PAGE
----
'He lived a good and long life' - King of Strabane Pat Gillespie laid to rest aged 102
Hundreds of people turned out in Strabane to bid their unofficial ‘King’ a fond farewell on Tuesday.
Pat passed away at the age of 102 on Saturday after suffering a stroke at his Railway Street home last weekend.
His funeral procession walked slowly through the town he loved so much, following a similar path to the St Patrick’s Day parade that the centenarian led in his top hat and tails every year.
Shops and businesses closed and staff filed out into the street as the funeral cortege for the much-loved Strabane man passed by on its way to the Sacred Heart Church for Requiem Mass.
The procession was met at the gates by a lone bagpiper, Pat’s grandson Aidan, who played ‘The Leaving of Liverpool’ as his grandfather’s coffin was carried into the church, past his beloved motorised scooter with the registration ‘Pat 100’.
Parish Priest Gerry Sweeney spoke with fondness for the man who was as ingenious as he was mischievous.
“On many a Sunday I’d be standing at the front of the church chatting to Pat’s family,” he told mourners.
“I remember asking them once if their Dad had his bike today and they said that no, someone had collected him. And around the side of the church on his scooter would come Pat, out the gates and away he went, his family left standing saying ‘oh no, he has escaped again!’
“He lived a good and long life. He has been an inspiration to many people. His life began in 1916 and we could think of all the history he has lived through, seen and experienced."
Fr Sweeney said that Pat had experienced massive changes to Strabane in his lifetime.
“He has witnessed many changes in this town as he grew from boy to man, fell in love with Eileen and had a family. And that family of eight children grew to 27 grandchildren and 39 and a half great grandchildren. In another month’s time he will have another great grandchild," he said.
"And he has left behind that legacy, not just to his family but his community. Especially when things were bad in the past and people were down because of the Troubles. Every so often there would be a bright spark and a flash of inspiration when Pat would do something a little bit different.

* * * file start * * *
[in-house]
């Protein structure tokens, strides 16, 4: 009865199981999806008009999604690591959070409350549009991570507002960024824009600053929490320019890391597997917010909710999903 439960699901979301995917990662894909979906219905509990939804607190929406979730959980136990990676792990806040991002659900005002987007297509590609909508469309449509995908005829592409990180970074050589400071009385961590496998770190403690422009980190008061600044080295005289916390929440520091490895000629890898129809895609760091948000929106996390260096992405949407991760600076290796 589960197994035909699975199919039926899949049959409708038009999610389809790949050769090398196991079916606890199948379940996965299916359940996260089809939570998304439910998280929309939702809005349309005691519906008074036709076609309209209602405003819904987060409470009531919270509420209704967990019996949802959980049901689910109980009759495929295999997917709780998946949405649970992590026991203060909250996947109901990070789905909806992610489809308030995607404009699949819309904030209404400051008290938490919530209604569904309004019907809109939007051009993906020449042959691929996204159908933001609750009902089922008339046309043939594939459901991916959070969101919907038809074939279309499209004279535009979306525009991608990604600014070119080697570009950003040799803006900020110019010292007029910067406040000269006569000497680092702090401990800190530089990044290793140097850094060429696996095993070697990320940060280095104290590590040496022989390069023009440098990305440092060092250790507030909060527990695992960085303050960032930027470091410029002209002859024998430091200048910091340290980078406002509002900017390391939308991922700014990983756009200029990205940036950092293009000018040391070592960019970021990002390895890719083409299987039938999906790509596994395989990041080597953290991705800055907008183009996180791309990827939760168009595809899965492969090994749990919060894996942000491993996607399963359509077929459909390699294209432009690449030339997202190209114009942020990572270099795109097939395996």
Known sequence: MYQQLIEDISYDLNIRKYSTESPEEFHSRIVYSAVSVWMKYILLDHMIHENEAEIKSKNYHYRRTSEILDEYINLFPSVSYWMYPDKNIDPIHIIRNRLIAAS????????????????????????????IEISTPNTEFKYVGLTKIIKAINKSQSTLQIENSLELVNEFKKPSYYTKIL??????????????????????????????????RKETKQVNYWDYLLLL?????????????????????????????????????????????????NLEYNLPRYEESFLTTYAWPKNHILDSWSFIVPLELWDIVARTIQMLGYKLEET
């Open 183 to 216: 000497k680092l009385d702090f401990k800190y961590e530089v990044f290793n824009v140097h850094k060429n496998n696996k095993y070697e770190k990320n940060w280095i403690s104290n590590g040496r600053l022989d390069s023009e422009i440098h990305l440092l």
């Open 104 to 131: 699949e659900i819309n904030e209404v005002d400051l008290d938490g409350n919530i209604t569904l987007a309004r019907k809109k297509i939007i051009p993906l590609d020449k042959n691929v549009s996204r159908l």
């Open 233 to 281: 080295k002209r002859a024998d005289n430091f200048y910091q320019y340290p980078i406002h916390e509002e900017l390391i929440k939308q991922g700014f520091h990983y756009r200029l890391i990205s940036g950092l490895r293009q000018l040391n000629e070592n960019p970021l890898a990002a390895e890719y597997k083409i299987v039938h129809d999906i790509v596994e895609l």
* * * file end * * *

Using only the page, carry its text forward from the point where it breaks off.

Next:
"One of the things I remember seeing was the bed he turned into a bicycle. That was a great achievement. But that was Pat, doing extraordinary things, extraordinarily well.”
From winning table tennis championships and speedboat racing to wacky car inventing, Pat has been recalled as a laughter-loving man who led out the town's St Patrick's Day parade every year.
Pat ran his own museum at the side of his home, which had a collection of cars and 32 bikes, plus number plates from all over the world and miniature vehicles, a double-fronted Mini Cooper and cars fashioned from baths.
His museum walls featured pictures of everyone who met him - among them Terry Wogan, Harry Secombe, Jean Kennedy Smith, John Mills and Arlene Foster.
Born in 1916, Pat lived through two World Wars, partition and the Troubles.
He featured frequently in the media, many times for his inventions and to relive parts of history long forgotten.
He was the centre of attention again in October 2017 when he was robbed in his home.
Just weeks before his 101st birthday, Pat endured a horrific ordeal when he was tied to his chair in his kitchen by masked men and robbed.
True to form, the Strabane super-pensioner vowed not to let the harrowing experience get him down, and was back laughing again in days, buoyed by the support he received from all over the world after his story appeared in the pages of the Belfast Telegraph.
Weeks later he celebrated his 102nd birthday and was inundated with cards sent by well-wishers, from Irish President Michael D Higgins to people from as far away as Japan and Switzerland, who had read of his ordeal.
Belfast Telegraph Digital